Hybrid 2-[18F] FDG PET/MRI in premanifest Huntington's disease gene-expansion carriers: The significance of partial volume correction

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Background Huntington's disease (HD) is an inherited, progressive neurodegenerative disease that has no cure. Striatal atrophy and hypometabolism has been described in HD as far as 15 years before clinical onset and therefore structural and functional imaging biomarkers are the most applied biomarker modalities which call for these to be exact; however, most studies are not considering the partial volume effect and thereby tend to overestimate metabolic reductions, which may bias imaging outcome measures of interventions.

Objective Evaluation of partial volume effects in a cohort of premanifest HD gene-expansion carriers (HDGECs).

Methods 21 HDGECs and 17 controls had a hybrid 2-[F-18]FDG PET/MRI scan performed. Volume measurements and striatal metabolism, both corrected and uncorrected for partial volume effect were correlated to an estimate of disease burden, the CAG age product scaled (CAP(S)).

Results We found significantly reduced striatal metabolism in HDGECs, but not in striatal volume. There was a negative correlation between the CAP(S) and striatal metabolism, both corrected and uncorrected for the partial volume effect. The partial volume effect was largest in the smallest structures and increased the difference in metabolism between the HDGEC with high and low CAP(S) scores. Statistical parametric mapping confirmed the results.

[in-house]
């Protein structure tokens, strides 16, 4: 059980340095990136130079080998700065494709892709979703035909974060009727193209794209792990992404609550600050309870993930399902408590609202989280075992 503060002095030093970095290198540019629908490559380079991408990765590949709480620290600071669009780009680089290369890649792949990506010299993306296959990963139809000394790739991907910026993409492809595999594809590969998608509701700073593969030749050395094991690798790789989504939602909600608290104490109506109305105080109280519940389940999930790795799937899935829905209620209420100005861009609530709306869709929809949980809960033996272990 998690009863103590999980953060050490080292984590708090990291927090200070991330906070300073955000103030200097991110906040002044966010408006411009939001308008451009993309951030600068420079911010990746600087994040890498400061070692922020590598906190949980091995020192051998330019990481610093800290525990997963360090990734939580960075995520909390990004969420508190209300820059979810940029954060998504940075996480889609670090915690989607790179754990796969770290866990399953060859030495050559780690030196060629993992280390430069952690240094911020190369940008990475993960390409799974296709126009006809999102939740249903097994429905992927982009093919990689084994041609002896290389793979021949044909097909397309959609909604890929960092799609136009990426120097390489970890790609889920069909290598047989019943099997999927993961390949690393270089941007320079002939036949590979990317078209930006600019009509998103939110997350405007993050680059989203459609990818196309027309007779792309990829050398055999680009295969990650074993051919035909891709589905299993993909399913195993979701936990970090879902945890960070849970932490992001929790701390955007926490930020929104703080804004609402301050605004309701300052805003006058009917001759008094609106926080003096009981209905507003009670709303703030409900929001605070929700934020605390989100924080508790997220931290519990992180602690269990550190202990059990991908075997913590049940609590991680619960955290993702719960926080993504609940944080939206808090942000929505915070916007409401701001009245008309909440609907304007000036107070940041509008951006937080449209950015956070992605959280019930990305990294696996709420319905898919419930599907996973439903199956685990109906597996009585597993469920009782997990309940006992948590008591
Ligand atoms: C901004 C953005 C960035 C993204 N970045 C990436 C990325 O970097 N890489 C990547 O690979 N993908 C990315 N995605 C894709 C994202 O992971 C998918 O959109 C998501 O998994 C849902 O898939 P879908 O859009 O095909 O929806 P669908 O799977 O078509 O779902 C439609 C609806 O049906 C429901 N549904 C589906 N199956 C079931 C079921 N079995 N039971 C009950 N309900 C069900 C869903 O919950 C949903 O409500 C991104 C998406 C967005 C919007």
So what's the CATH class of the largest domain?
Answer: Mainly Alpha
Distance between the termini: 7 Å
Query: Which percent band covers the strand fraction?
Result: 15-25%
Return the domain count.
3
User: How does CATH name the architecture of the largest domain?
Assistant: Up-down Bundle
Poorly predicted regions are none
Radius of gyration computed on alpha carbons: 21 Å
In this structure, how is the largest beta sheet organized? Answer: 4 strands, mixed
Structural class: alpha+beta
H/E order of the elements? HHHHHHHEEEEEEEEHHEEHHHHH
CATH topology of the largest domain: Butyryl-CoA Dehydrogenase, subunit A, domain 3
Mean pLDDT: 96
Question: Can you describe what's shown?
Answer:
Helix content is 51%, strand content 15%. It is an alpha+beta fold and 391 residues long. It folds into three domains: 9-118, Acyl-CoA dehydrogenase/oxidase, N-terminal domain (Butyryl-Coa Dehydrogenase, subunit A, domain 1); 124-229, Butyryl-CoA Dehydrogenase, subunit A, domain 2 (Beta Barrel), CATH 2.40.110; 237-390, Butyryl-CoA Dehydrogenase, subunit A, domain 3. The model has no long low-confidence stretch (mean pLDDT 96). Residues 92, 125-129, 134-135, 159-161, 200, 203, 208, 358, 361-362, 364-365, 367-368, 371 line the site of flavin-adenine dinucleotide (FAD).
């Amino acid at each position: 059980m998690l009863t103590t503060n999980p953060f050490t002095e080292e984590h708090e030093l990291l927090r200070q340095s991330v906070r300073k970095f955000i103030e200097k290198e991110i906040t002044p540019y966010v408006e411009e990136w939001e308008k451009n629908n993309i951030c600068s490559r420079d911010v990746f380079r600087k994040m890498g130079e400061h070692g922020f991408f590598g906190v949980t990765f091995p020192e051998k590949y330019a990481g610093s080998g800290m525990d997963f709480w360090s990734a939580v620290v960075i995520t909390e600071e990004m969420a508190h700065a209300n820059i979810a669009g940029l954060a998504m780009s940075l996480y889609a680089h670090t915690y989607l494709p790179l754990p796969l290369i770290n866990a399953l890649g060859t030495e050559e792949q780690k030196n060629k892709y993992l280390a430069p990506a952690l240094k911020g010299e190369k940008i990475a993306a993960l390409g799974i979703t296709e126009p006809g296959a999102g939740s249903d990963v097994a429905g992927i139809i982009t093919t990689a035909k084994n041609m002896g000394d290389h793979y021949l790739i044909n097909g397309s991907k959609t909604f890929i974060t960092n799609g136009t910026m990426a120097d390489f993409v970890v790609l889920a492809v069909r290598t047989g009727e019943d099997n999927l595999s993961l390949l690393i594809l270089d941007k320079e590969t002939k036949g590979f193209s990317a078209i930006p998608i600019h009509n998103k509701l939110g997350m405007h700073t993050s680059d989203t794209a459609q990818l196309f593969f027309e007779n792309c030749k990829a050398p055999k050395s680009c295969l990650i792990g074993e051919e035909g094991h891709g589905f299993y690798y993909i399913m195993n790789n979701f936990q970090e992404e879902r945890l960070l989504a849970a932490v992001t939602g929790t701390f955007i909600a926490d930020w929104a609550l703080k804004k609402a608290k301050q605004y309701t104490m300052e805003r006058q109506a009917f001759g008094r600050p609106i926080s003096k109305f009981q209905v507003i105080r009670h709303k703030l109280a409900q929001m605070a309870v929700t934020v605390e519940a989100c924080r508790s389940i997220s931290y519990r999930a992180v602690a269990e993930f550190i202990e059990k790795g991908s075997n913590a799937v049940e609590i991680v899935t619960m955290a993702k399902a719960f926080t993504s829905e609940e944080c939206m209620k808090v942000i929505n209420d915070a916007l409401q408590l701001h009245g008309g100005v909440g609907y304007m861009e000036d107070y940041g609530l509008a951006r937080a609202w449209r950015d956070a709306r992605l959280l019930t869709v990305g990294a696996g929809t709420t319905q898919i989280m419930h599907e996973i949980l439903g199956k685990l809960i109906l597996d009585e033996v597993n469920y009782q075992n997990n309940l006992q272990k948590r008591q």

Conclusions A hybrid 2-[F-18]FDG PET/MRI scan provides simultaneous information on structure and metabolism. Using this approach for the first time on HDGECs, we highlight the importance of partial volume effect correction in order not to underestimate the standardized uptake value and thereby the risk of overestimating the metabolic effect on the striatal structures, which potentially could bias studies determining imaging outcome measures of interventions in HDGECs and probably also symptomatic HD.

Original languageEnglish
Article number0252683
JournalPLoS ONE
Issue number6
Number of pages13
Publication statusPublished - 2021

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